For any city or state, becoming the home of retail giant Amazon’s second North American headquarters would be a colossal get.
Amazon said it would invest more than $5 billion on construction and create as many as 50,000 jobs paying an average of $100,000 at the new headquarters. The company would build an initial 500,000 square feet to 1 million square feet of office space in 2019, with the possibility of expanding that to an up to 8 million-square-foot office development.
“In addition to Amazon’s direct hiring and investment, construction and ongoing operation of Amazon HQ2 is expected to create tens of thousands of additional jobs and tens of billions of dollars in additional investment in the surrounding community,” the company stated in a news release about its request for proposal.
An eligible site should be within 30 miles of a population center, 45 miles of an international airport and a couple of miles of a major highway or interstate. The site also should have access to mass transit. Other requirements for eligible cities include: fiber connectivity, city and state incentives, a highly educated labor pool and a strong university system, high quality of life, a stable business climate, and daily direct flights to Seattle, New York, San Francisco/Bay Area and Washington, D.C.
While the requirements are at times specific, they also could fit a broad number of cities in the United States and Canada.
“We’re going to compete very hard for the Amazon headquarters, as well as probably 50 other cities around the country right now,” said Louisville Mayor Greg Fischer. “We are in the process of putting that proposal together.”
He noted that the city did not check every box on the request for proposal — for example, Louisville doesn’t have direct flights to Seattle or the San Francisco area — but it’s about looking at the city’s future potential.
“We’ve got a lot of strengths, and we’ve got some gaps as well,” Fischer said, adding that the proposal will not only look at where Louisville is today but where it is headed. “Don’t think that today’s reality is a constraint.”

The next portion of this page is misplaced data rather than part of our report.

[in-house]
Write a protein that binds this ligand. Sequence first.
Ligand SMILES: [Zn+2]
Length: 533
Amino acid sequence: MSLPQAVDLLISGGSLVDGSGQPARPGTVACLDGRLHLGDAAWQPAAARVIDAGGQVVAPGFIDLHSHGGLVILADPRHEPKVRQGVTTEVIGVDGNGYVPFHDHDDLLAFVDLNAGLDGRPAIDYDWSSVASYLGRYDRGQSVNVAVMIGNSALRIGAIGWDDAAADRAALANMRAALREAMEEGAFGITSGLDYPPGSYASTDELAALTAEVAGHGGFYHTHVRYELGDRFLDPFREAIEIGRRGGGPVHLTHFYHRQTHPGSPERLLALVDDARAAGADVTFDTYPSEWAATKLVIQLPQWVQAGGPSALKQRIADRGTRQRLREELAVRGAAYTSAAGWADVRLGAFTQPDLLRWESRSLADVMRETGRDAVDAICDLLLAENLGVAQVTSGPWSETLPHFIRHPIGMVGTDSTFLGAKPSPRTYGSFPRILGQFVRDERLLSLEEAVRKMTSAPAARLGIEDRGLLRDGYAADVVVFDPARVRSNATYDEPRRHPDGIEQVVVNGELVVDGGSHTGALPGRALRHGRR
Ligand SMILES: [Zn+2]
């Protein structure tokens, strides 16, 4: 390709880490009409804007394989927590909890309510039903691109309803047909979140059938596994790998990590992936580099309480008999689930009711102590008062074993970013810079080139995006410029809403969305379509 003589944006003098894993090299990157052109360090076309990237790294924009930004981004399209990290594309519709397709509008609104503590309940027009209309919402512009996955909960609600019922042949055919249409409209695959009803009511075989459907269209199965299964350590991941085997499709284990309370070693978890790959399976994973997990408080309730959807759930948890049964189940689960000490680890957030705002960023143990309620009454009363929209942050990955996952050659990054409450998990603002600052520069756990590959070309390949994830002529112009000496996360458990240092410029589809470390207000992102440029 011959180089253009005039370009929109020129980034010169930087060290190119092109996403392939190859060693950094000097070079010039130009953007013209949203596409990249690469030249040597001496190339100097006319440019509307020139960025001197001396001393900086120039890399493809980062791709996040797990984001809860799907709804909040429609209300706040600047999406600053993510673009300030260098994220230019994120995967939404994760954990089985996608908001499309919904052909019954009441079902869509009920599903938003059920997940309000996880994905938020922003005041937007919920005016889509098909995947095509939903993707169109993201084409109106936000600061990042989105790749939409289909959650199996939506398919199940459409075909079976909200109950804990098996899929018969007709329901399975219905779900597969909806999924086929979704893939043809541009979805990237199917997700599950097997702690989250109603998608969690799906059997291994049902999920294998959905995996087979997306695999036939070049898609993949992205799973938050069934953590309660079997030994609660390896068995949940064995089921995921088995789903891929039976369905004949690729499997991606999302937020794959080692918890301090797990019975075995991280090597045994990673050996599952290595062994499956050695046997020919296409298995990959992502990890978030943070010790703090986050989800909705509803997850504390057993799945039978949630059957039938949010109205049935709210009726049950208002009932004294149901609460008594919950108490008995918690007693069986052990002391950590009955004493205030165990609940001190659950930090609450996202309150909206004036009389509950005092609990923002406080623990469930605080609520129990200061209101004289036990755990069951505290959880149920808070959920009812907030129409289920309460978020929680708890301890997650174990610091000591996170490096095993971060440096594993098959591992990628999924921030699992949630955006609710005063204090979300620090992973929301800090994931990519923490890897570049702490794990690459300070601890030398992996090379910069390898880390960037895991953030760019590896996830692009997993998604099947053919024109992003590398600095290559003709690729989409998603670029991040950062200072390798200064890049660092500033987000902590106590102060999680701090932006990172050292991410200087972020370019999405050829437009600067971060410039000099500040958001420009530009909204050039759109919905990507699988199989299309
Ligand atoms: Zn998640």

In its new marketing packet released Monday, Louisville Forward highlights the city’s growth: more than $11 billion in investment since 2014, more than 2,800 new businesses created since 2011 and 63,000 jobs added locally since 2011. The packet then draws attention to Louisville’s inclusivity, public park system and lower than average cost of living.
The marketing materials also highlight the city’s Code Louisville program, which has graduated 500 people so far.
“Louisville is a national leader in IT credentialing with our groundbreaking Code Louisville program training hundreds of new developers to fuel growing IT workforce needs and filling a new pipeline for future talent development,” the packet states.
Louisville Forward officials said that the city would work with state and regional partners on the proposal but declined to say exactly who was involved or provide additional details on what the city’s proposal would contain.
“We can’t say anything about the project specifically, but of course Louisville has a long history of excellence in logistics, eCommerce, advanced manufacturing, and business services. We are home to several Fortune 500 headquarters and many more regional HQ locations and globally connected corporations with major local operations. We are a Smart City with a strong record in innovation,” Louisville Forward said in an emailed statement.
It is unclear if the state will file a separate proposal from the one Louisville officials plan to submit, but Northern Kentucky could conceivably compile its own proposal with help from the state or work with people in nearby Cincinnati on a joint proposal. Amazon announced in January that it planned to invest $1.49 billion on a new air cargo hub at Cincinnati/Northern Kentucky International Airport.
In an article on the New York Times’ blog The Upshot, Louisville made the list of more than 50 cities that met the simple criteria of having more than one million people in the metro area. It also made the cut of 25 cities with strong job growth, but after that, according to Upshot, Louisville falls out of the competition (along with 11 other cities).
Louisville didn’t even make the shortlist in a The Switch post on The Washington Post, which is owned by Amazon CEO Jeff Bezos. The writers said they’d identified 39 cities that had at least a million residents, had a highly educated population, were easy to fly to and had room for a development that could grow to as many as 8 million square feet. According to the post, Louisville didn’t make the initial cut because it lacked nonstop flights to San Francisco and Seattle.